A recent announcement by Brooklyn Beckham on his Instagram feed that he would be shooting the latest advertisement campaign of a Burberry perfume created an almost palpable sense of outrage. There was a sense of disbelief that a 16 year old had been selected for the job instead of the usual professional photographer and people were inclined to think that the choice was more because of the kid’s illustrious parents, David and Victoria Beckham, than for his talent and skill. However, Burberry’s CEO Christopher Bailey said that the real reason is the fact that Brooklyn’s Instagram account has close to six million followers, apart from the fact that “Brooklyn has a really great eye for image and Instagram works brilliantly for him as a platform to showcase his work.”
This is the new reality that reflects how much social media has made an impact on the fashion industry. Rather than your experience, it is now more about how many followers you have on the various social media platforms that the brands can leverage upon for publicity. According to digital marketing experts, there is little point in becoming a commercial photographer unless you are renowned.
The way models are now selected by the fashion industry has now dramatically changed due to the influence of social media. Kendall Jenner who became famous almost overnight for her role in the reality TV show, “Keeping up with the Kardashians”, has earned a label of being “ultimate Instagirl” due to her 48 million Instagram followers and almost meager by comparison, 15.3 million on the hugely successful social media platform, Twitter. It is quite probable that this huge social media popularity as much as her talent or appearance that made her the face of Estee Lauder, the cosmetics behemoth. According to experts, social media is dramatically reshaping the contours of the fashion industry.
Social Media No More A Matter of Choice for Fashion
The head of a reputed digital marketing agency says that the evaluation and selection of models revolve substantially on their social media profiles. Sometimes, even the rest of the people involved like producers, stylists, and make-up artists are selected in accordance with the influence they exercise on social media. This strategy pays off for brands due to the extra leverage that it can garner. The other big advantage of using models and crew with large social media presence is that campaigns look more authentic and assume a more personal connect. It can often be cheaper to hire such models with a large number of Instagram followers than the conventional stars.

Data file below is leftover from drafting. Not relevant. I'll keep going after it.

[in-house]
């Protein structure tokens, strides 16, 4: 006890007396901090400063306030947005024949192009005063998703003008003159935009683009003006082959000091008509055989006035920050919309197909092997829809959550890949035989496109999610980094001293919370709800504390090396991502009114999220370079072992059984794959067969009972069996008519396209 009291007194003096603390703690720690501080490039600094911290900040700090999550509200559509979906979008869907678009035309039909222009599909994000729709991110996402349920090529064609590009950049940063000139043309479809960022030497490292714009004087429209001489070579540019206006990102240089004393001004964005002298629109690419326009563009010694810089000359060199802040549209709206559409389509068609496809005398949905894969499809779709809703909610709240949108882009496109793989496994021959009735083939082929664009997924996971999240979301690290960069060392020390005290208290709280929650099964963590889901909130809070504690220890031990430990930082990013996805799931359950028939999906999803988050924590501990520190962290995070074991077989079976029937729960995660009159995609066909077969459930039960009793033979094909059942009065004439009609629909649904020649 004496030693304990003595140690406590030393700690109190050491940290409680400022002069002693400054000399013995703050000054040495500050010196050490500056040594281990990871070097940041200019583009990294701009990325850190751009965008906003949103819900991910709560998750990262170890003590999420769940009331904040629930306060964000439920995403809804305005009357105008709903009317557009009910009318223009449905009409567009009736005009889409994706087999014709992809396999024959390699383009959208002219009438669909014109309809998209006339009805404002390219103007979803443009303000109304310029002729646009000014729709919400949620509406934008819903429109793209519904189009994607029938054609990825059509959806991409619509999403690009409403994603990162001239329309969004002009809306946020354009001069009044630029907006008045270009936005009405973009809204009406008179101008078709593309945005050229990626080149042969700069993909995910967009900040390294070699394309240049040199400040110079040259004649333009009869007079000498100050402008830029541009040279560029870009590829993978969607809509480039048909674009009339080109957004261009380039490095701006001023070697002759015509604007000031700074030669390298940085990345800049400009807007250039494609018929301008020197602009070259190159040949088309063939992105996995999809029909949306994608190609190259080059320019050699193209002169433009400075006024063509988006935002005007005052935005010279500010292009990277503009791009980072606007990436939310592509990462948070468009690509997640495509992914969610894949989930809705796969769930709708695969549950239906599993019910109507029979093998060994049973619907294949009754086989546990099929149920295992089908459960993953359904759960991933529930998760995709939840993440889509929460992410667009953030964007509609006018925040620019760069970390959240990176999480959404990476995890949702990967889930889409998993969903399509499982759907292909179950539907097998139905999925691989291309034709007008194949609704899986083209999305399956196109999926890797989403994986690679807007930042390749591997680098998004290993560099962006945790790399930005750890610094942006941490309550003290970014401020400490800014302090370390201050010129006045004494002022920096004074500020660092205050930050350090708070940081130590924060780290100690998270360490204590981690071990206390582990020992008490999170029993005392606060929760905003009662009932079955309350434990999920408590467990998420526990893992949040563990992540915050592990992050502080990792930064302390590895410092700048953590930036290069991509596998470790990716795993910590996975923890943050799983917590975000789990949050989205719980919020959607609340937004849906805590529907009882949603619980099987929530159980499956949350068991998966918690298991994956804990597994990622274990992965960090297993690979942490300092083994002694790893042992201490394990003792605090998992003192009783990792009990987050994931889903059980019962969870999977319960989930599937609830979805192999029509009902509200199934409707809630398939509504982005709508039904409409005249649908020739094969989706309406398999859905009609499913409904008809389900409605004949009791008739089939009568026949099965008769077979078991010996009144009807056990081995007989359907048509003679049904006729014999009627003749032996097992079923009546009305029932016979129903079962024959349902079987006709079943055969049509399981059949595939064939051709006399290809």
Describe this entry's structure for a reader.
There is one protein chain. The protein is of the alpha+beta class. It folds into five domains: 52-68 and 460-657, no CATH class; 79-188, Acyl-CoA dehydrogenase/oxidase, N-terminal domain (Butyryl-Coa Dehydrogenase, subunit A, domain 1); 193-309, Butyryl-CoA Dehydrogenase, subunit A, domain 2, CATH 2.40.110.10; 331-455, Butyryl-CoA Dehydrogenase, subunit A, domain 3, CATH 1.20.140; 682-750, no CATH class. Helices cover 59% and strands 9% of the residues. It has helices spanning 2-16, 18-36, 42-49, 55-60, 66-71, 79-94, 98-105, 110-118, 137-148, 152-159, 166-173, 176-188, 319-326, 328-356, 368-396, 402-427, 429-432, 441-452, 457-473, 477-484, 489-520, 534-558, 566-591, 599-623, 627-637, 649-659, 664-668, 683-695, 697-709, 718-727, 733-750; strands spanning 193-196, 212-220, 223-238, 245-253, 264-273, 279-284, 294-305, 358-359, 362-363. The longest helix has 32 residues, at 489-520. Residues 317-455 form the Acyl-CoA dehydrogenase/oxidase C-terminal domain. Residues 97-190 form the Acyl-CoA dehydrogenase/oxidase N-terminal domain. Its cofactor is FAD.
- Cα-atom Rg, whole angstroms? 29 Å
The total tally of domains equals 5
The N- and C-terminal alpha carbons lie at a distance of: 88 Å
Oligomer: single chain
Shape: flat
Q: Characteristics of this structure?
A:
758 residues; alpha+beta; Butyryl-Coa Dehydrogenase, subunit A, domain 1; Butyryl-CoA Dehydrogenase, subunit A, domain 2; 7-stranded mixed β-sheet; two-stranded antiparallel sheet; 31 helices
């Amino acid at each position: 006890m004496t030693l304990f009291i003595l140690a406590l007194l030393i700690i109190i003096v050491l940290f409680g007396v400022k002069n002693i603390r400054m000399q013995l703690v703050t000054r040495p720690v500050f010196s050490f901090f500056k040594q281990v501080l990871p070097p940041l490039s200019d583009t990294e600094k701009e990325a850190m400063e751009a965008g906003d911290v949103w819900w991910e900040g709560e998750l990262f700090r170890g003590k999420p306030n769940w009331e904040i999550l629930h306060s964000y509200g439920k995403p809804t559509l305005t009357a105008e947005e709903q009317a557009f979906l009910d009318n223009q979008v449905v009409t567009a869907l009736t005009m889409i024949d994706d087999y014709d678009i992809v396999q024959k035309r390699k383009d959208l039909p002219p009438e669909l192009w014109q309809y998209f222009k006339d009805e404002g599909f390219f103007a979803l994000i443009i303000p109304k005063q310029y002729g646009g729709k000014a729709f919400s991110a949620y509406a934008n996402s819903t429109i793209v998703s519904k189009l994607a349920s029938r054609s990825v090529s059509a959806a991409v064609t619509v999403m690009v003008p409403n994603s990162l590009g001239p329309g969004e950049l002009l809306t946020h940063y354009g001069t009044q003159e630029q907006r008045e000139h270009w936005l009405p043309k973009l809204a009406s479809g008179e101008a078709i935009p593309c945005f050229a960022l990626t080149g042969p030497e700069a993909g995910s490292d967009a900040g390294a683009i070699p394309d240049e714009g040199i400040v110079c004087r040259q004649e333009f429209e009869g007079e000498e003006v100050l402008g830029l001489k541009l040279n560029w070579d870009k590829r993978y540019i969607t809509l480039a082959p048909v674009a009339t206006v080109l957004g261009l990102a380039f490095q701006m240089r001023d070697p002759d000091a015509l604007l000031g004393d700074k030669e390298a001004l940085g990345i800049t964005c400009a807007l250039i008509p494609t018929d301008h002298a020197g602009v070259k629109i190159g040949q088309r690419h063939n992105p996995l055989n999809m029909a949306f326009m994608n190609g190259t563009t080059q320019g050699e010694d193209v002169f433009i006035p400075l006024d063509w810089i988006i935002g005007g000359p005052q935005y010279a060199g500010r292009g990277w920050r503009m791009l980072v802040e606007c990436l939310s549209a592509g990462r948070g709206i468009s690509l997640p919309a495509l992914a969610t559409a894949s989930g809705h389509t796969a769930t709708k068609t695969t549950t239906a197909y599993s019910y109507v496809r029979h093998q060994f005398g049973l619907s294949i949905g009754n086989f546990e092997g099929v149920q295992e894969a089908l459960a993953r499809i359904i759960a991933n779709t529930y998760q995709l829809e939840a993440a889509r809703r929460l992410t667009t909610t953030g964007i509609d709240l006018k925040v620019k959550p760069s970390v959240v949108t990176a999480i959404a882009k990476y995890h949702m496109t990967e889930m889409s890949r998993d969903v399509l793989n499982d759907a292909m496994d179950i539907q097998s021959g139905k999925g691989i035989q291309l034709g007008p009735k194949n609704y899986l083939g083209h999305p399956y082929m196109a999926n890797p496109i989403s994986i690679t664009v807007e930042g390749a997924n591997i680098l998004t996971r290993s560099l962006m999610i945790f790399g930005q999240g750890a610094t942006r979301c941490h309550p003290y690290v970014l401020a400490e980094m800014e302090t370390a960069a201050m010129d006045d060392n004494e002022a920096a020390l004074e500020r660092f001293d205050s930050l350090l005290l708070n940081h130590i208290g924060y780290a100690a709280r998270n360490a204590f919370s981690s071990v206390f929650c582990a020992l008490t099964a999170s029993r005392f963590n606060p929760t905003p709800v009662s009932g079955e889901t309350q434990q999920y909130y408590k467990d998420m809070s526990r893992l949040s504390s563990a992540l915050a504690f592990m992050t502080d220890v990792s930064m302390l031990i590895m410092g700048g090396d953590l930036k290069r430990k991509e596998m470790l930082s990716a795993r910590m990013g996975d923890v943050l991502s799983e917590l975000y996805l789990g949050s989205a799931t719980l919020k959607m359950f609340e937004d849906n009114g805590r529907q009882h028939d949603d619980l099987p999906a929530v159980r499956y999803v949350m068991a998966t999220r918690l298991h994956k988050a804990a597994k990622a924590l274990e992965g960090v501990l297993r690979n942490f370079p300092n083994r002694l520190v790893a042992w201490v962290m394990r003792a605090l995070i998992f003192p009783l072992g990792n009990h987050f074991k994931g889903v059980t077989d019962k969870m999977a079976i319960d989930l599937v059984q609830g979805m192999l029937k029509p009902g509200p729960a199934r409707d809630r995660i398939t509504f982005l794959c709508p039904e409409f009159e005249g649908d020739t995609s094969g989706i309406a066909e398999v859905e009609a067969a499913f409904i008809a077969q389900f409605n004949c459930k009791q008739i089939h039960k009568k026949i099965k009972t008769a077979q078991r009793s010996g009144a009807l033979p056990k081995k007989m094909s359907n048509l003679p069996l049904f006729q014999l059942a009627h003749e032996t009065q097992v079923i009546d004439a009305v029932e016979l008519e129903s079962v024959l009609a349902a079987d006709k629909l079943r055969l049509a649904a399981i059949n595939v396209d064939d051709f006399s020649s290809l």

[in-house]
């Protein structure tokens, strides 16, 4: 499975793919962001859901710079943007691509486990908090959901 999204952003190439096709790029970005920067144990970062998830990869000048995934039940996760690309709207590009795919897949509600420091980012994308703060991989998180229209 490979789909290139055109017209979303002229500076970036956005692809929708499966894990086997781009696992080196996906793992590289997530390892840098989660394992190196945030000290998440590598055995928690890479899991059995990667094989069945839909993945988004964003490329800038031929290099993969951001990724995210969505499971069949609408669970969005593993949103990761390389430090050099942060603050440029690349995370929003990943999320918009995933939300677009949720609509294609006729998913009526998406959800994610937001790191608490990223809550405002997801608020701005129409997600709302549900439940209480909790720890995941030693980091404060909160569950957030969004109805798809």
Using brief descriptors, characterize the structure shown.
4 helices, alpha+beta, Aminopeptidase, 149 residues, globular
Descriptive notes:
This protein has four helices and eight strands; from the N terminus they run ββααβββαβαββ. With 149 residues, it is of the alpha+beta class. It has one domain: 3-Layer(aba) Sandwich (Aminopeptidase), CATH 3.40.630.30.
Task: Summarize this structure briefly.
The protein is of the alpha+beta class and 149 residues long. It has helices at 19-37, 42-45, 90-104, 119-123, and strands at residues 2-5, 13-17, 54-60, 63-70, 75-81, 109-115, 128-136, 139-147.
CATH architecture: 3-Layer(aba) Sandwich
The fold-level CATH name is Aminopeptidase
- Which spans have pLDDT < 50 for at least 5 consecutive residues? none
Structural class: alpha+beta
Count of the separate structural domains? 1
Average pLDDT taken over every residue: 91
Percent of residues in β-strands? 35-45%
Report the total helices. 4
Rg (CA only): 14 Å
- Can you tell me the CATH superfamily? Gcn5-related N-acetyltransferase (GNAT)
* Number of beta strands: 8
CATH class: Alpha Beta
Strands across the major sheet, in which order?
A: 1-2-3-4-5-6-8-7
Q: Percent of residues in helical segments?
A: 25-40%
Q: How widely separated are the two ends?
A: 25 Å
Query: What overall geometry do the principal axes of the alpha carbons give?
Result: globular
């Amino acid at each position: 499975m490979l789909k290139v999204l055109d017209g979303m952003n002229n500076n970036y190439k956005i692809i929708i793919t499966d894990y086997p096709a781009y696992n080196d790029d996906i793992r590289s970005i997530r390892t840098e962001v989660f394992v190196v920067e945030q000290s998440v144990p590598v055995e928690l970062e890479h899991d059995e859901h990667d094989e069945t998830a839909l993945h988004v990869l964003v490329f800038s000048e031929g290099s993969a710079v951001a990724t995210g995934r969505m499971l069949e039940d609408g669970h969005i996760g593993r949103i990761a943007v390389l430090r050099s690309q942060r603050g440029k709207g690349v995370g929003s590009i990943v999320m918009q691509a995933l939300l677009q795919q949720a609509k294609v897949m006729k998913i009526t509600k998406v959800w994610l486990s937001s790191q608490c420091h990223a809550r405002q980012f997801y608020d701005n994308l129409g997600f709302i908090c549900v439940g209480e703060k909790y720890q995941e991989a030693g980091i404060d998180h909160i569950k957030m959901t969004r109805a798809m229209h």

Finding a correlation between sales and social media engagement can be pretty difficult; however, it is well established that companies with levels of higher engagement are witnessing a faster growth rate of online sales. This new paradigm has turned the traditional fashion industry upside down. Driving home this point is the better rank of Tory Burch, the American designer of women’s clothing, than many well-known luxury fashion brands such as Hermes, Gucci, and Chanel in the Digital IQ Index compiled by L2. This is a stern warning to brands such as Hermes that if they do not get on with social media very aggressively, they could become dinosaurs of the fashion industry.
A Conversational Style Becoming More Popular
To cater to the preferences of the users of social media platforms, even professional photo firms are trying very hard not to make their photographs look very slick. Rather than being completely professional and structured, they are deliberately aiming to make them conversational and loosely defined. The brands are also increasingly giving their followers a peek into the behind-the-scenes of a professional photo-shoot. While these are deliberately controlled and do not reveal much, they provide a good opportunity for the brands to engage with their fans.
Author bio: James Brown is a social media strategist who consults with a number of fashion brands on techniques to raise their brand value and to acquire more Instagram followers.